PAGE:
How to Get a Divorce With No Money: Tips for Affording a Divorce

Chelsy Meyer  | 

With the cost of divorce being high, it can feel hopeless for those looking for a divorce without the funds to do so. This is especially true for those who know the possibility for an uncontested divorce is nearly impossible. It’s important for people to know that there are options when you don’t have the money to get a divorce. Knowing some tips and tricks for finding cheaper forms, fee waivers, and deals for representation can make getting a divorce with no money possible.

Get Divorce Forms Online for Free

Knowing where to start when you’re looking at how to get a divorce can be confusing, especially when your funds are limited. The first step is to look into the forms you need for your specific location. You can get those forms online for free by looking on your courthouse’s website. They will likely have forms you can download or print. You may be able to pick them up from the courthouse as well, and that way you’ll have someone there who can answer your questions if you have any.

While you’re there, look for an instruction booklet which can help guide you. Each state is different, but these forms will help you to grasp exactly what you’ll need as far as information and funds. If you can’t afford the fees that the forms outline, you know that it’s time to start planning for other avenues.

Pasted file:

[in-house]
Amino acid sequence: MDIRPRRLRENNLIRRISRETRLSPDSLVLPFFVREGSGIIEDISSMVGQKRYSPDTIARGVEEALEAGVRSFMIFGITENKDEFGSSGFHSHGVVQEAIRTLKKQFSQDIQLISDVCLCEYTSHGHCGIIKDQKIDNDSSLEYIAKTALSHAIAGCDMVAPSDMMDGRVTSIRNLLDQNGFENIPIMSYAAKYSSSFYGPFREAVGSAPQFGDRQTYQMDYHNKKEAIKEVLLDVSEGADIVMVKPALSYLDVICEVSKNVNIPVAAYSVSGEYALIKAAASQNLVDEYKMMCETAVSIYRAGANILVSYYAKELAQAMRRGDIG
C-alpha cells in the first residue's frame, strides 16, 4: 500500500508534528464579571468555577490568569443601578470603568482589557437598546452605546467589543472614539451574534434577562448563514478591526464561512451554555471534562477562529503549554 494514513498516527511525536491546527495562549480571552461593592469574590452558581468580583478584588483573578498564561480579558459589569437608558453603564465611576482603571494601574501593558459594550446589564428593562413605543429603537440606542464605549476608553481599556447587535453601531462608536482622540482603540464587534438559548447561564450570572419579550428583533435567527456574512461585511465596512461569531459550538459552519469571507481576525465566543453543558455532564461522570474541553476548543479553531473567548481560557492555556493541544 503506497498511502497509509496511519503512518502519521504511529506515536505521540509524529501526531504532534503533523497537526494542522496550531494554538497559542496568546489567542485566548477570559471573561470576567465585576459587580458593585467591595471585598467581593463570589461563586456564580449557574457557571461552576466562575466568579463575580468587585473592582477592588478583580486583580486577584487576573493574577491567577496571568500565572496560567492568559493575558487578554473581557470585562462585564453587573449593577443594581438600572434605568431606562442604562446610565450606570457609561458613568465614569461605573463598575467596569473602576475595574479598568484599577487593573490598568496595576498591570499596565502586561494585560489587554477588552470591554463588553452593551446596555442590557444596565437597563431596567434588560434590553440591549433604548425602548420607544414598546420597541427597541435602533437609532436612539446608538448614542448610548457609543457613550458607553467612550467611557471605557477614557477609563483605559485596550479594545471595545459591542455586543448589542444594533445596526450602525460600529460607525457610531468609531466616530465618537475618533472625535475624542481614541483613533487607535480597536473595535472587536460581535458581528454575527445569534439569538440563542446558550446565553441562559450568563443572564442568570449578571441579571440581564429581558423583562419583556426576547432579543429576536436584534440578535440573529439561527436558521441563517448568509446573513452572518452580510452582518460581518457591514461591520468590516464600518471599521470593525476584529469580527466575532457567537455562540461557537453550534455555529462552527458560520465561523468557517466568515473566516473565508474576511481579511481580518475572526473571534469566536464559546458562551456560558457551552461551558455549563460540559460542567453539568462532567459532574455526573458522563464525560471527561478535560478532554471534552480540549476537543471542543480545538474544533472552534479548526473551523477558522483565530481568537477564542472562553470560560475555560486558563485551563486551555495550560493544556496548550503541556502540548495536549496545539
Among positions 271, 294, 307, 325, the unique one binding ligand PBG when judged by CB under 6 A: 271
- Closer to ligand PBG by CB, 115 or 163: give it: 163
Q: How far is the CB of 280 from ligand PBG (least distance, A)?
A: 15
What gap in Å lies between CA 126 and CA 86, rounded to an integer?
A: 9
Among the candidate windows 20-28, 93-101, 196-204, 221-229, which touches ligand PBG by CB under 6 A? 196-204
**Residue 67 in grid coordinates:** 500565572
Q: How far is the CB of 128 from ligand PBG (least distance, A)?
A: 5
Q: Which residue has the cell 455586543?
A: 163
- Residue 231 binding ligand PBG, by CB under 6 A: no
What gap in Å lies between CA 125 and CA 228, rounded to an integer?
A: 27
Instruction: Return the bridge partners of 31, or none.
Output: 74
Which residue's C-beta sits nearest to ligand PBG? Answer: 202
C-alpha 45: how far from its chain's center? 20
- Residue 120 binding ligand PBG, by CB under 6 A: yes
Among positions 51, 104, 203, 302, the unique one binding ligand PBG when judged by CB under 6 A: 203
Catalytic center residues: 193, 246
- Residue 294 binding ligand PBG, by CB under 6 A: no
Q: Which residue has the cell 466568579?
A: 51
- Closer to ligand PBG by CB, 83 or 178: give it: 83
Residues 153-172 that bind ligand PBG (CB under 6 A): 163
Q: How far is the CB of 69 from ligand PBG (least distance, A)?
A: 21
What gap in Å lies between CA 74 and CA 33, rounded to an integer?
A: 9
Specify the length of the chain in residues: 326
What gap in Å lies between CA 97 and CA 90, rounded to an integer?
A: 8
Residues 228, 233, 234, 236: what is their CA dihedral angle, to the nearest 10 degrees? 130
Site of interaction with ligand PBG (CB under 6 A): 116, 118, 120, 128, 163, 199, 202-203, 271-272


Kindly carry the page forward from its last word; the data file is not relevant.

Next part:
Request Fee Waivers

There are fees associated with many aspects of the divorce process. The cost of divorce will depend on a variety of different variables, and one of them is small but significant: filing and court fees. Fortunately, you can request fee waivers designed to help those with limited finances obtain a divorce. For those that are able to obtain an uncontested divorce where the only real financial hurdle standing in their way is the cost of filing fees and court fees, fee waivers can be exactly what they need.

Filing Fees

While you’re obtaining the forms to file for divorce, you’ll also want to obtain the forms to ask for a filing fee waiver. Check to see the process for this and availability in your county. In order to qualify, you’ll have to provide information on your lack of funds. This shouldn’t be a problem since you’ll need that information with your divorce paperwork already.

Court Fees

Not only can you get filing fees waived or deferred, you can also get your court fees waived as well. You’ll want to check to see if your state offers an indigent divorce or fee waiver procedure. This will allow you to file for divorce without the associated fees. It will also request that the court fees be waived as well.

How to Get a Divorce Lawyer for Free

Though fee waivers are perfect for people interested in uncontested divorces who just can’t afford the fees, that’s not the case for everyone. For those who know that an uncontested divorce isn’t possible with the dynamics of their marriage, they can feel trapped. Especially for those experiencing abuse, who have no control over their household funds, or who don’t have any financial resources or savings, a complicated divorce can seem impossible. This is where a free divorce lawyer can make all the difference.

Get a Free Divorce Lawyer Consultation